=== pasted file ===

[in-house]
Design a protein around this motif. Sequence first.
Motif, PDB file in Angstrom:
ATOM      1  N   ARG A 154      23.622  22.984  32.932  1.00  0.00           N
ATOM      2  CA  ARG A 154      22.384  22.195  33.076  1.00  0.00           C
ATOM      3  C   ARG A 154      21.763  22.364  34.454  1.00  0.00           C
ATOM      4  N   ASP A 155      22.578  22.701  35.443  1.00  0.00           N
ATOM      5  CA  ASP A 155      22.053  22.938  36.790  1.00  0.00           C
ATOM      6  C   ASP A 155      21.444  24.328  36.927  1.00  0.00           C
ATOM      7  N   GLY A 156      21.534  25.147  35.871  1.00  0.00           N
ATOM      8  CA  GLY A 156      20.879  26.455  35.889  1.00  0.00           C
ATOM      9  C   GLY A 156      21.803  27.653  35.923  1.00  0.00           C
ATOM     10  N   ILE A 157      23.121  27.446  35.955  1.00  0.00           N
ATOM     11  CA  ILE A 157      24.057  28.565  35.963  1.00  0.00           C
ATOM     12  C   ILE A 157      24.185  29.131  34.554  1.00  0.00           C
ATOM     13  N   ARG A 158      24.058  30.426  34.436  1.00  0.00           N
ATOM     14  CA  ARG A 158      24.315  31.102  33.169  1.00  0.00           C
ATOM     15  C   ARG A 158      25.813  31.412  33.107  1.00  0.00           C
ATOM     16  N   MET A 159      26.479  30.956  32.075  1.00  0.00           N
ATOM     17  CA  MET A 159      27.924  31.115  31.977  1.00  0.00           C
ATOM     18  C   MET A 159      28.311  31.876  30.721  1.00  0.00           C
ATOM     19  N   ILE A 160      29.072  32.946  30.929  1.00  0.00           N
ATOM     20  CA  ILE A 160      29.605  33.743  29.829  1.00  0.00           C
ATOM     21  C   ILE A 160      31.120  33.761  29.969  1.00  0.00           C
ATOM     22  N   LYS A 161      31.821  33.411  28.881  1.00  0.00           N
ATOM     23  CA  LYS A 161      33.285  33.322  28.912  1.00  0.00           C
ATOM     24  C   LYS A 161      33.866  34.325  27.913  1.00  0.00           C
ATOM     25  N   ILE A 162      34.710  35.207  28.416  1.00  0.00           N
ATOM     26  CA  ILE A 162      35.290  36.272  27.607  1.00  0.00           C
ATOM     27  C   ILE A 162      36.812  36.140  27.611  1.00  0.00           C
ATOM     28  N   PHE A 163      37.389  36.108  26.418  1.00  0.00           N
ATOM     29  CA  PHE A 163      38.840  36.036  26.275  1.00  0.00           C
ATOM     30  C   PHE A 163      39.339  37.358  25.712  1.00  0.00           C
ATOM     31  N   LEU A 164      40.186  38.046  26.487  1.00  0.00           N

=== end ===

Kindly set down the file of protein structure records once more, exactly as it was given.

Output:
[in-house]
Design a protein around this motif. Sequence first.
Motif, PDB file in Angstrom:
ATOM      1  N   ARG A 154      23.622  22.984  32.932  1.00  0.00           N
ATOM      2  CA  ARG A 154      22.384  22.195  33.076  1.00  0.00           C
ATOM      3  C   ARG A 154      21.763  22.364  34.454  1.00  0.00           C
ATOM      4  N   ASP A 155      22.578  22.701  35.443  1.00  0.00           N
ATOM      5  CA  ASP A 155      22.053  22.938  36.790  1.00  0.00           C
ATOM      6  C   ASP A 155      21.444  24.328  36.927  1.00  0.00           C
ATOM      7  N   GLY A 156      21.534  25.147  35.871  1.00  0.00           N
ATOM      8  CA  GLY A 156      20.879  26.455  35.889  1.00  0.00           C
ATOM      9  C   GLY A 156      21.803  27.653  35.923  1.00  0.00           C
ATOM     10  N   ILE A 157      23.121  27.446  35.955  1.00  0.00           N
ATOM     11  CA  ILE A 157      24.057  28.565  35.963  1.00  0.00           C
ATOM     12  C   ILE A 157      24.185  29.131  34.554  1.00  0.00           C
ATOM     13  N   ARG A 158      24.058  30.426  34.436  1.00  0.00           N
ATOM     14  CA  ARG A 158      24.315  31.102  33.169  1.00  0.00           C
ATOM     15  C   ARG A 158      25.813  31.412  33.107  1.00  0.00           C
ATOM     16  N   MET A 159      26.479  30.956  32.075  1.00  0.00           N
ATOM     17  CA  MET A 159      27.924  31.115  31.977  1.00  0.00           C
ATOM     18  C   MET A 159      28.311  31.876  30.721  1.00  0.00           C
ATOM     19  N   ILE A 160      29.072  32.946  30.929  1.00  0.00           N
ATOM     20  CA  ILE A 160      29.605  33.743  29.829  1.00  0.00           C
ATOM     21  C   ILE A 160      31.120  33.761  29.969  1.00  0.00           C
ATOM     22  N   LYS A 161      31.821  33.411  28.881  1.00  0.00           N
ATOM     23  CA  LYS A 161      33.285  33.322  28.912  1.00  0.00           C
ATOM     24  C   LYS A 161      33.866  34.325  27.913  1.00  0.00           C
ATOM     25  N   ILE A 162      34.710  35.207  28.416  1.00  0.00           N
ATOM     26  CA  ILE A 162      35.290  36.272  27.607  1.00  0.00           C
ATOM     27  C   ILE A 162      36.812  36.140  27.611  1.00  0.00           C
ATOM     28  N   PHE A 163      37.389  36.108  26.418  1.00  0.00           N
ATOM     29  CA  PHE A 163      38.840  36.036  26.275  1.00  0.00           C
ATOM     30  C   PHE A 163      39.339  37.358  25.712  1.00  0.00           C
ATOM     31  N   LEU A 164      40.186  38.046  26.487  1.00  0.00           N